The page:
Over the past few years, the political and economic crisis in Venezuela has forced nearly 1.8 million Venezuelans to flee to Colombia. The Colombian government has responded warmly, taking steps to integrate Venezuelans into its society and economy. But legal and practical barriers still prevent many Venezuelans from achieving true economic inclusion, the attainment of decent work and income commensurate with their skills.
COVID-19 has exacerbated these barriers, wreaking havoc on Colombia’s economy and health system. As of October 20, the country had the second highest number of cumulative cases in Latin America and the fifth highest in the world. According to the International Monetary Fund (IMF), Colombia's GDP will shrink by 7.8 percent in 2020.
To combat these impacts, Colombia should facilitate greater economic inclusion for Venezuelans. This would diversify the sectors Venezuelans work in, helping them earn more and contribute to the COVID-19 response. It would also stimulate economic growth, increasing incomes and employment for Colombians, and helping the country recover from COVID-19.
Greater economic inclusion would help Venezuelans and Colombians
Forty percent (about 764,000) of the Venezuelans in Colombia have regularized their status and, in most cases, obtained the right to work. The remainder do not have legal access to the labor market. For both populations, a variety of barriers—including difficultly verifying credentials and discrimination, as well as a lack of financial access, job opportunities, and information among employers about whether and how they can hire Venezuelans—further limit economic inclusion.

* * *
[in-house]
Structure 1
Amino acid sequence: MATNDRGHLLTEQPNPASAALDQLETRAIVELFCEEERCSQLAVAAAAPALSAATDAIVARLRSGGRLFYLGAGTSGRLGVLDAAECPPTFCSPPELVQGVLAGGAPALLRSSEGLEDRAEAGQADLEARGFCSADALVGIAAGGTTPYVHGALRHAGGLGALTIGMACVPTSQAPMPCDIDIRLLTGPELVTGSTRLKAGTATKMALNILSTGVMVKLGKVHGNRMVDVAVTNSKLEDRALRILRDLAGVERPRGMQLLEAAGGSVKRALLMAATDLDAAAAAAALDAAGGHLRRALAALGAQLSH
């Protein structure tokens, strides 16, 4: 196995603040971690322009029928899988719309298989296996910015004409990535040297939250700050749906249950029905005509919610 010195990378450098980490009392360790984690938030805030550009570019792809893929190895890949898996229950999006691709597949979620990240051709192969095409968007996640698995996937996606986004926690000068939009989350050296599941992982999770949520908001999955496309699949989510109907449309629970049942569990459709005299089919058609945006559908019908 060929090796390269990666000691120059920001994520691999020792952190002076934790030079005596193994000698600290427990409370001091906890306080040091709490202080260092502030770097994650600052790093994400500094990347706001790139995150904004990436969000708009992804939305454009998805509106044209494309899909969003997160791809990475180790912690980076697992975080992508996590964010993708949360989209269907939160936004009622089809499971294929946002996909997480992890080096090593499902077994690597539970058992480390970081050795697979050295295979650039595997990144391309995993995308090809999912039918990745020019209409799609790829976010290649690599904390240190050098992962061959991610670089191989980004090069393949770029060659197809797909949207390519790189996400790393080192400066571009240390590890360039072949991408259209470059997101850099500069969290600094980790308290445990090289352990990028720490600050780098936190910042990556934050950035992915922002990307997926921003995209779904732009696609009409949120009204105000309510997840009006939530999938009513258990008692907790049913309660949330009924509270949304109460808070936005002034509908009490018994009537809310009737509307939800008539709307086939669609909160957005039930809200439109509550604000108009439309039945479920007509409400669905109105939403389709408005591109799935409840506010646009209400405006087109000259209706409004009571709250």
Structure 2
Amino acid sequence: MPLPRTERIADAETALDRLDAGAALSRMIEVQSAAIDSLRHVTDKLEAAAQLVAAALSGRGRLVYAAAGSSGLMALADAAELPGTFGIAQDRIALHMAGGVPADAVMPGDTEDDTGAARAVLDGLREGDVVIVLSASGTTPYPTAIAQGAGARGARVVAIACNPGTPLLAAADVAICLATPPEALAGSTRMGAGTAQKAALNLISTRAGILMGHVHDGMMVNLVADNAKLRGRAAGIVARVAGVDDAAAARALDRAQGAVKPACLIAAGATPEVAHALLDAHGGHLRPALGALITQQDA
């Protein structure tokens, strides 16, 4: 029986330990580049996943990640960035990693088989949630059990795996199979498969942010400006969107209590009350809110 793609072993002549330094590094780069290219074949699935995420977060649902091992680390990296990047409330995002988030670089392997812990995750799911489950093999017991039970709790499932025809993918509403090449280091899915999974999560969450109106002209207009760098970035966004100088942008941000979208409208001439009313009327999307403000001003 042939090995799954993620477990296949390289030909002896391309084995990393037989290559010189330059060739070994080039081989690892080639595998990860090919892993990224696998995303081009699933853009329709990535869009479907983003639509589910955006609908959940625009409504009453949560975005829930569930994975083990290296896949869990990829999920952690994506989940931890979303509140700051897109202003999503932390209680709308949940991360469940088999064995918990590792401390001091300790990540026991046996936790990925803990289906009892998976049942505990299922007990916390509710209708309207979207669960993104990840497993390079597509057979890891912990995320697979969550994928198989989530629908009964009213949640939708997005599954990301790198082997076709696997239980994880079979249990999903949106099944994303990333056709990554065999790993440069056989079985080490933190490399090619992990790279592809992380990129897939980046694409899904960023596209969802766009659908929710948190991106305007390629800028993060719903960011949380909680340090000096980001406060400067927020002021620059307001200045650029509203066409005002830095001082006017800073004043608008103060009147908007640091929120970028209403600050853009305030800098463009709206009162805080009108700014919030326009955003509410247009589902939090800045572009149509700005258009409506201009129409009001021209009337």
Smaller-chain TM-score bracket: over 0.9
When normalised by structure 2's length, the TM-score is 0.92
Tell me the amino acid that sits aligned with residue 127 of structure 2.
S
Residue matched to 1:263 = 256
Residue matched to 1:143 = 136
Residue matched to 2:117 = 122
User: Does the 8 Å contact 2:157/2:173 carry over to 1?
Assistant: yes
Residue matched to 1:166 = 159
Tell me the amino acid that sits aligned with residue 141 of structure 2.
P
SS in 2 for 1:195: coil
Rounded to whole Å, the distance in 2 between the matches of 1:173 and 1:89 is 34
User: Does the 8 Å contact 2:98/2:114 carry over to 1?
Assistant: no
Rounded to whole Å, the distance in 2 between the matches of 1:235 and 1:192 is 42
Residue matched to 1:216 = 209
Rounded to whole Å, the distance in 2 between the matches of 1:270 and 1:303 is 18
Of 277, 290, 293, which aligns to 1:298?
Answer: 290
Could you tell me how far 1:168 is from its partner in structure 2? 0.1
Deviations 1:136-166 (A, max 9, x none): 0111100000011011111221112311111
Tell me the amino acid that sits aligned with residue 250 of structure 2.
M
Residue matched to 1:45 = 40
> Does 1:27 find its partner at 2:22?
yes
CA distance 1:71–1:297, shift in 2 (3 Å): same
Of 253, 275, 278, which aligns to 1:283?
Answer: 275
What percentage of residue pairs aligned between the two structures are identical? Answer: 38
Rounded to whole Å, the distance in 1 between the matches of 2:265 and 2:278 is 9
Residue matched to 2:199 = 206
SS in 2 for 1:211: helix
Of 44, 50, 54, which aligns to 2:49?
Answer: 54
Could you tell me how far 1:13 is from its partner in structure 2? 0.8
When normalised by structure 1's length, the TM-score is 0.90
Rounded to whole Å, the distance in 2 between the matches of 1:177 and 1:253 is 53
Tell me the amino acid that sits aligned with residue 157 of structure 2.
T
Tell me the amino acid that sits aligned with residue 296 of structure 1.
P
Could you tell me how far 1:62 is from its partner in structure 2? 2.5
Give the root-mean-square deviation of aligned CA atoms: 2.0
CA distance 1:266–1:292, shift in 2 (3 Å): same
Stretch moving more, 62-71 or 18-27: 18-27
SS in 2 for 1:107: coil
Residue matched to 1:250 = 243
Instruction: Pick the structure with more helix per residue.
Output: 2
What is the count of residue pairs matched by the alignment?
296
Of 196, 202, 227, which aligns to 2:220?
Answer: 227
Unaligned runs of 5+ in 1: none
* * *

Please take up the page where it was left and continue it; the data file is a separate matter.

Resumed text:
According to our newly published analysis with Refugees International (which is based on pre-COVID-19 data from August-October 2019), if all such barriers were removed:
- Venezuelans’ average monthly income would increase from US$131 to US$186. This would translate into a contribution of at least US$996 million to Colombia’s annual GDP, increasing incomes and living standards for Colombians as well.
- The total number of formal Venezuelan workers would increase from 293,060 to 454,107. This would reduce job competition in the informal sector and open up opportunities for Colombians, creating a positive impact on government revenues and the social security system.
We find that the gap between current and predicted monthly incomes is largest for more highly educated Venezuelans (see figure 1). This suggests that lowering barriers for this group—especially the difficult process of verifying credentials—could have an outsized positive impact.
Figure 1. Average Predicted and Observed Monthly Incomes for Venezuelans, by Education
Furthermore, we find that Venezuelan women face a double disadvantage due to their gender and nationality. Reducing barriers to economic inclusion would lead to a 67 percent increase in incomes for Venezuelan women. Addressing gender-based barriers would lead to an additional 74 percent increase in their incomes.
During COVID-19, these potential benefits are more important than ever, for both Colombians and Venezuelans. On the former, with small businesses struggling, the potential boost in productivity offered by Venezuelans is much needed. Facing large fiscal deficits, the government will need greater tax revenues. Increased spending by Venezuelans could help stimulate the economy. And considering the high rates of unemployment, it will be important not to restrict Venezuelans only to the informal sector, which could lead to increased job competition.